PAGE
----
The bill which has the potential to remove about 207,000 voters from the permanent early voter list (PEVL) statewide for repeated non-use of the early ballots has been one of this session’s most talked about bills.
Ugenti-Rita and some other Republican legislators took part Monday in a press conference hosted by Heritage Action For America to push back on opponents who contend any changes to PEVL as acts of voter suppression. The bill then advanced out of the House on Wednesday and was assumed to be a sure bet when the Senate met Thursday for a final reading.
SB1485 sponsor Sen. Michelle Ugenti-Rita and some other Republican legislators took part Monday in a press conference hosted by Heritage Action For America to push back on opponents who contend any changes to PEVL as acts of voter suppression. The bill then advanced out of the House on Wednesday and was assumed to be a sure bet when the Senate met Thursday for a final reading.
Garrett Bess, Heritage Action’s vice president of government relations and communications, addressed the need to “safeguard against potential fraud, and save taxpayer dollars” by getting SB1485 to Gov. Doug Ducey’s desk. He said Townsend “shortsightedly” voted against the bill.
“Sen. Michelle Ugenti-Rita, the bill’s sponsor, and other legislators have been working tirelessly to pass a number of bills that would strengthen the integrity of Arizona’s elections and improve voter trust in the system,” Bess stated. “No conservative should oppose these bills.”
SB1485 was the second version of a PEVL cleanup bill sponsored by Ugenti-Rita, the chairman of the Senate’s Committee on Government. For her part, Townsend introduced 18 election bills which went nowhere due to Ugenti-Rita “killing all my bills,” Townsend said.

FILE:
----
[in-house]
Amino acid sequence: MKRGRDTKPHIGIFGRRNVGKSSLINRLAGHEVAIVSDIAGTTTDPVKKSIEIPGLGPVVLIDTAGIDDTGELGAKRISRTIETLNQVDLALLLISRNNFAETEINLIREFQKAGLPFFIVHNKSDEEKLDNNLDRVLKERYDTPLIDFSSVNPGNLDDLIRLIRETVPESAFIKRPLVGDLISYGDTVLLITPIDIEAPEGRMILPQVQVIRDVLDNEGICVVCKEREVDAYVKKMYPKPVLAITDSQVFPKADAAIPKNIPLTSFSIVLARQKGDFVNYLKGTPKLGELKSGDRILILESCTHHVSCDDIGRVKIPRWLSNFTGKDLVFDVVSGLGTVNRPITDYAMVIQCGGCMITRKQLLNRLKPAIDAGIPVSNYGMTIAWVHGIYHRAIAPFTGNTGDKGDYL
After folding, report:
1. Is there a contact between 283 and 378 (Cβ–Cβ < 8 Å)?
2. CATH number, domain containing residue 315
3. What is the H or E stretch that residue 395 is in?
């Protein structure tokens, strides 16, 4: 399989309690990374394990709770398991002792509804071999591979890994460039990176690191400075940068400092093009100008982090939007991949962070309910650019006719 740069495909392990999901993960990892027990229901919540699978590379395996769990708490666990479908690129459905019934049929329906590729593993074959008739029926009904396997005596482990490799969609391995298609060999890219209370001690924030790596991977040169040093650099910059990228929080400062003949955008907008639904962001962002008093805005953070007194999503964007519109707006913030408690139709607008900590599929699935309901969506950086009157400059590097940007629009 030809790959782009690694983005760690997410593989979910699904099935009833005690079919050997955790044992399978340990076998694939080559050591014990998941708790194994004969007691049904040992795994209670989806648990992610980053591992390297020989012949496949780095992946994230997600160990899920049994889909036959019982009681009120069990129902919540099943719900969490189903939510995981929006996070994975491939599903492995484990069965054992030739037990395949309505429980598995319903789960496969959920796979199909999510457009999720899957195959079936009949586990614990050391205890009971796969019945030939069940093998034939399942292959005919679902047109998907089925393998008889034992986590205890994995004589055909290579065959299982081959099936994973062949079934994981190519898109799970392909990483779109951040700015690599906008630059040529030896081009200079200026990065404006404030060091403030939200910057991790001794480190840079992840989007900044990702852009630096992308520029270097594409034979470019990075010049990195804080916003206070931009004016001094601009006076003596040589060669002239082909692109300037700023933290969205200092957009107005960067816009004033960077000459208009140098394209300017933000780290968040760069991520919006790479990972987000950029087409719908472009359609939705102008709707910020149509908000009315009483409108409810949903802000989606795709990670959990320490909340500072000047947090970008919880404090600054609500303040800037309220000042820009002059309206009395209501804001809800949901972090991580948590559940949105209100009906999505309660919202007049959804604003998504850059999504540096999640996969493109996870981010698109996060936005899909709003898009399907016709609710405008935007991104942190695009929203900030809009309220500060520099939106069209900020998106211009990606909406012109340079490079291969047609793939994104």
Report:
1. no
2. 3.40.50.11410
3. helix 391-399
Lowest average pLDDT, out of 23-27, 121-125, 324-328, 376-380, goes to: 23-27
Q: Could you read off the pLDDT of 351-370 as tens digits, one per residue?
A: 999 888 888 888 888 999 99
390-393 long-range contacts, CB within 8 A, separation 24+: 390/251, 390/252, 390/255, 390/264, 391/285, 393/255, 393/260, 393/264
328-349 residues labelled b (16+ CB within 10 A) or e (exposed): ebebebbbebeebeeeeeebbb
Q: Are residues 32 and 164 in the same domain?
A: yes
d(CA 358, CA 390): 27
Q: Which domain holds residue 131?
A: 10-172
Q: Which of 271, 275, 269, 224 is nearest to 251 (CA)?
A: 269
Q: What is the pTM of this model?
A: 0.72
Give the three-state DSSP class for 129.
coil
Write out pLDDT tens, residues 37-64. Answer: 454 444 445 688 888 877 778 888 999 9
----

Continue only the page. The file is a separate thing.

Ugenti-Rita, who has been mentioned as a possible candidate for Arizona Secretary of State, suggested Townsend killed SB1485 “in a show of spite and in a rage,” adding that it was “unfortunate to be on the receiving end of someone’s temper tantrum.”
After the Senate adjourned until Monday, Townsend took to Facebook and Twitter to address voting against SB1485 even though she supports the bill. She also took a more personal swipe at Ugenti-Rita,.
“Michelle Ugenti-Rita feels that this move is a temper tantrum because she killed all my election reform bills in her committee,” Townsend said. “She went so far as to say I need to ‘get over my jealousy.’ I am anything but jealous of Michelle Ugenti-Rita. She has been nothing but scandal ridden from the time I have known her.”
Townsend contends it was hard to watch Ugenti-Rita talk about election integrity during the recent press conference. “Nevertheless that is not why I voted no and they knew it. I explained my vote on the floor.”
Townsend insists she advised Republican caucus leadership of her plan to not vote for any election bills until the current Senate audit of Maricopa County’s 2020 General Election process is complete.
“I am supportive of the bill, but I informed leadership and the caucus that I was a no on election related bills because we are in the middle of an audit and there is talk of the Senate voting Sine Die in (two) weeks,” she wrote.